Nov 25, 2014; Boston, Ma, USA; Boston Red Sox general manager Ben Cherington (left) and third baseman Pablo Sandoval hold a jersey during the introductory press conference at Fenway Park. Mandatory Credit: Greg M. Cooper-USA TODAY Sports
Maybe to make the thought of leaving the San Francisco Giants easier Pablo Sandoval, the Kung Fu Panda, had these words to say regarding leaving San Francisco (from Scott Miller, via bleacherreport.com):
"“I knew early in spring training last year I was going to leave,” Sandoval said. “They didn’t respect my agent. Contract talks, everything. The way Brian Sabean (Giants general manager) talked to my agent.”"
Then, he went on to rub proverbial salt into the wound of those who might still consider dawning a Panda beanie to the ballpark:
"“The Giants made a good offer, but I didn’t want to take it,” he said. “I got five years (and $95 million) from Boston. I left money on the table in San Francisco. It is not about money. It is about how you treat the player.”"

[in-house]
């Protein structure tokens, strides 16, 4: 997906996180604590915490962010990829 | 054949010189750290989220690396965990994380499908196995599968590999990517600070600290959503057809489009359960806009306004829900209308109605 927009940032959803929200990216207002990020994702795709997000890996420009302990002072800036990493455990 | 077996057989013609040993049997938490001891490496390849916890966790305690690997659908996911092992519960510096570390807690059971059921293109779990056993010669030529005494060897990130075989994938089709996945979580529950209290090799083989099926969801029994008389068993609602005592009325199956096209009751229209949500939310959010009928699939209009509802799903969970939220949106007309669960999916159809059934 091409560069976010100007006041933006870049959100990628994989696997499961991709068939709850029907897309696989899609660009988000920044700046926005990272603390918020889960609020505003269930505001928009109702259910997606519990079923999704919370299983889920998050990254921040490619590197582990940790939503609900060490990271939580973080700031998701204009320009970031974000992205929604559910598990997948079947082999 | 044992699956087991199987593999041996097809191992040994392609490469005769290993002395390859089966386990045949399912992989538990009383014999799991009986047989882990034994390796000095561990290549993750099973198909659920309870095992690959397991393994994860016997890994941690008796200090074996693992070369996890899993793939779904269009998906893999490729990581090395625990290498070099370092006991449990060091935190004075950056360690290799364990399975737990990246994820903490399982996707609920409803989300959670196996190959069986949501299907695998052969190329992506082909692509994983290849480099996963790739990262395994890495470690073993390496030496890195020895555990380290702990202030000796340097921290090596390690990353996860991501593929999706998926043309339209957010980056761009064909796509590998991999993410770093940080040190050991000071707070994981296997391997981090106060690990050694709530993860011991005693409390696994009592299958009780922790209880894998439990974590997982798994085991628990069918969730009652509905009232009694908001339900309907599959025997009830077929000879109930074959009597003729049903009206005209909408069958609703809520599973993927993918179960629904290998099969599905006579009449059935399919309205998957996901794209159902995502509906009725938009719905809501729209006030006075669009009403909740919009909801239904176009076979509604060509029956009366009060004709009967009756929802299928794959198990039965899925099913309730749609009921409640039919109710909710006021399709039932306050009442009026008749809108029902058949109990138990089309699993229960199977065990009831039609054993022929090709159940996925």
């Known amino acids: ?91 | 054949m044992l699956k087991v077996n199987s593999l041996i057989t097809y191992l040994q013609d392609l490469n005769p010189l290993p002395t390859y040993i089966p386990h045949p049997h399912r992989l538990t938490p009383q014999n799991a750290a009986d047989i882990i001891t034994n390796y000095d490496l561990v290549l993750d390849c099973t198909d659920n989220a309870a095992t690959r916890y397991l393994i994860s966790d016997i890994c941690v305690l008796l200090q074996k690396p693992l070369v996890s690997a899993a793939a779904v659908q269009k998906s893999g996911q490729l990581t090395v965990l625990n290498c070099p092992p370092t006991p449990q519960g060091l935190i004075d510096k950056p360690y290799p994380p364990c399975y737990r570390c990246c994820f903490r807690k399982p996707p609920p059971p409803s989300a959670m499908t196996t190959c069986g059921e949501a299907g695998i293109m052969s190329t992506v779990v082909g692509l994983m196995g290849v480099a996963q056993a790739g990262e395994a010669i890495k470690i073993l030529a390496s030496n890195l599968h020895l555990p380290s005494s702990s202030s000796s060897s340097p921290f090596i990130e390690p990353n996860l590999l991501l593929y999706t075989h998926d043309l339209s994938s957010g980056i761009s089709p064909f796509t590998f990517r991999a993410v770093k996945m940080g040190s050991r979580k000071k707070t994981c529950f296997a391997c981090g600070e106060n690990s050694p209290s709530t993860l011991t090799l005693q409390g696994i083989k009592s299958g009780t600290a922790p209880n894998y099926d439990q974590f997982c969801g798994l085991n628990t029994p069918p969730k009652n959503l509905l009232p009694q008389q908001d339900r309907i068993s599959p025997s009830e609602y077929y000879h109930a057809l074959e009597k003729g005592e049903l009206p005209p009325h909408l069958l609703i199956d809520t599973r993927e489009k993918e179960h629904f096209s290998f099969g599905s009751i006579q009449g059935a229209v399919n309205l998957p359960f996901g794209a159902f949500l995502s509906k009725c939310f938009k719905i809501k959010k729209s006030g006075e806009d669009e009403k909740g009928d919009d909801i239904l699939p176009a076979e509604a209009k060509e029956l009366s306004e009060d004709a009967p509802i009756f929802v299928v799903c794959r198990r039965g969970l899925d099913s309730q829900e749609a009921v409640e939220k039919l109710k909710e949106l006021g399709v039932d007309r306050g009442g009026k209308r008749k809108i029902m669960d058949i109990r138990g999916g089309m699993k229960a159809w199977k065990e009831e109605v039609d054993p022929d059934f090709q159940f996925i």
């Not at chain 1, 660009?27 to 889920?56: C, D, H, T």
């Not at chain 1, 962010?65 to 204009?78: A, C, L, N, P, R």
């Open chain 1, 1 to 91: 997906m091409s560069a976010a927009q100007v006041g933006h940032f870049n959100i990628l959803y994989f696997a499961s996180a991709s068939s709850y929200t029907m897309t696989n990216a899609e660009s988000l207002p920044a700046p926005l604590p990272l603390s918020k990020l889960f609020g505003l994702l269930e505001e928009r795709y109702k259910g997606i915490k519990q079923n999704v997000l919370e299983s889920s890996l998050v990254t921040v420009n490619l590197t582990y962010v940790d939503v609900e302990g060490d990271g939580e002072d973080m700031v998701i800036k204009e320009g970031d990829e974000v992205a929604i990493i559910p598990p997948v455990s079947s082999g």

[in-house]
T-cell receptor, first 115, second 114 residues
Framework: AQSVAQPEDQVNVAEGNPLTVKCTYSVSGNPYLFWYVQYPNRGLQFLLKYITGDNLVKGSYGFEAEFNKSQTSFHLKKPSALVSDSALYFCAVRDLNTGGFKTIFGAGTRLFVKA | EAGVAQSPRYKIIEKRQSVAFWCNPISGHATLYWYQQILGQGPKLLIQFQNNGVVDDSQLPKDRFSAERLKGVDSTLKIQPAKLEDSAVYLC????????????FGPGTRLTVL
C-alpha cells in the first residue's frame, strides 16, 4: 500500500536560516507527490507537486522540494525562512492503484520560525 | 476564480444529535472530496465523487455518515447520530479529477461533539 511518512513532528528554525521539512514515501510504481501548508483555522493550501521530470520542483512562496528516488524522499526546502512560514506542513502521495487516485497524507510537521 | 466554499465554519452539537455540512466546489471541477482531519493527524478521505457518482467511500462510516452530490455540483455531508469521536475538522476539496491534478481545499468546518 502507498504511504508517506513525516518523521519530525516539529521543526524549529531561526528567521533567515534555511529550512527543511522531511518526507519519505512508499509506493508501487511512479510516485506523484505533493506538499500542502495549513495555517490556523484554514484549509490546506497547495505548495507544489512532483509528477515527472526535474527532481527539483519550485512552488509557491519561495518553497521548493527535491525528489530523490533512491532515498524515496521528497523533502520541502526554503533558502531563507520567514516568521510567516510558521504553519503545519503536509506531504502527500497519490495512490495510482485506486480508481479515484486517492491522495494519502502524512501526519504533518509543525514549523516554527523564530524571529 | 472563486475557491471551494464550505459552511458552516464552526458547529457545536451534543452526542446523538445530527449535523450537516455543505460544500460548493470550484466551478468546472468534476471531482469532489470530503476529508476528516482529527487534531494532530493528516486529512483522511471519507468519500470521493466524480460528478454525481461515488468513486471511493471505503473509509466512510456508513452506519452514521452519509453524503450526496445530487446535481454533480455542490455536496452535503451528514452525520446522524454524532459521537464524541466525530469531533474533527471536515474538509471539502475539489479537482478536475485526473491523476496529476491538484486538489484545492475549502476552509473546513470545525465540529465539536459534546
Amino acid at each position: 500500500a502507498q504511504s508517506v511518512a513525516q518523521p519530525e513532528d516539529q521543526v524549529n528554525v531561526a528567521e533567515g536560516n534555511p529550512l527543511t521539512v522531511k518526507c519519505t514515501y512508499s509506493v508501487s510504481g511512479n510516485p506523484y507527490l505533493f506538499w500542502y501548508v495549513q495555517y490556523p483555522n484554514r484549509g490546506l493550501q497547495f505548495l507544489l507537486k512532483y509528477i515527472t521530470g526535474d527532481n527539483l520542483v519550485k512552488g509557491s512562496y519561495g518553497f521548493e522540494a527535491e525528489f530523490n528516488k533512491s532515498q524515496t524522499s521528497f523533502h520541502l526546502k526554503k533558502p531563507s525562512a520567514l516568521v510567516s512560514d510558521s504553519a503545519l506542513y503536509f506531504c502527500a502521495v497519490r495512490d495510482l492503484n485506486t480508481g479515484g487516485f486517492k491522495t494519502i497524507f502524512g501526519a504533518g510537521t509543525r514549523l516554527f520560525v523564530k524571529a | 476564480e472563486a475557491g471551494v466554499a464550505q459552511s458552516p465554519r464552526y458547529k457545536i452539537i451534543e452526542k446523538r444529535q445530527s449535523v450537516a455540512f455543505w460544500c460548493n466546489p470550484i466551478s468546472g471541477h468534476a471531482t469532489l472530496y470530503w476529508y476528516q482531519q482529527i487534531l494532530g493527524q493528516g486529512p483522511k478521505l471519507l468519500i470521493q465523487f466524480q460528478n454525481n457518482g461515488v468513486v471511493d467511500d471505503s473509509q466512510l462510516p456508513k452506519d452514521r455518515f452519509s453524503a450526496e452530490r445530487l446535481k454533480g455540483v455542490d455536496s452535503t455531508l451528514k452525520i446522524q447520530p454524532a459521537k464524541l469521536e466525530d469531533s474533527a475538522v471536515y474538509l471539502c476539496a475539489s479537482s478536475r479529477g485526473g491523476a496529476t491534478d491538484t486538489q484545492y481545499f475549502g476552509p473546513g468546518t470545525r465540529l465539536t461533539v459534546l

When hearing Murph and Mac (on KNBR 680) this morning relay these words to Mike Krukow, long-time SF Giants color commentator, Kruk added his two cents, preferring to take the high road, saying “everyone needs to be traded” explaining that you grow up in an organization and sometimes you feel like to take that next step you have to leave.
Mar 10, 2014; Scottsdale, AZ, USA; San Francisco Giants third baseman Pablo Sandoval (left) talks with manager Bruce Bochy during the game against the Chicago Cubs at Scottsdale Stadium. Mandatory Credit: Mark J. Rebilas-USA TODAY Sports
And leave he did, burning bridges as he goes. On who he’ll miss in back in SF Pablo had this to say:
"“Only Bochy,” Sandoval said of Giants manager Bruce Bochy. “I love Boch. He’s like my dad. He’s the only guy that I miss. And Hunter Pence. Just those guys. But now, I feel like I’m home.”"
Now, I’m only speculating, but I think that he will also miss the love and passion of Giants fans and our willingness to cut him some slack when he came into spring training overweight, or had a brain fart when running the bases.
He may be reminded of this relationship as soon as 37,000+ screaming Bostonians are giving him the what-for, and when those same fans can’t leave that passion back at Fenway.
Things may seem like Christmas now, but the honeymoon will not last forever, and Sandoval, who tends to wear his emotions on his sleeve and likewise, allows said emotions to effect his play on the field, might have different words for San Francisco in the Fall.
I’ll wait to pass judgement on him until then. But for now, I’ll keep my Panda hat hung up in the closet.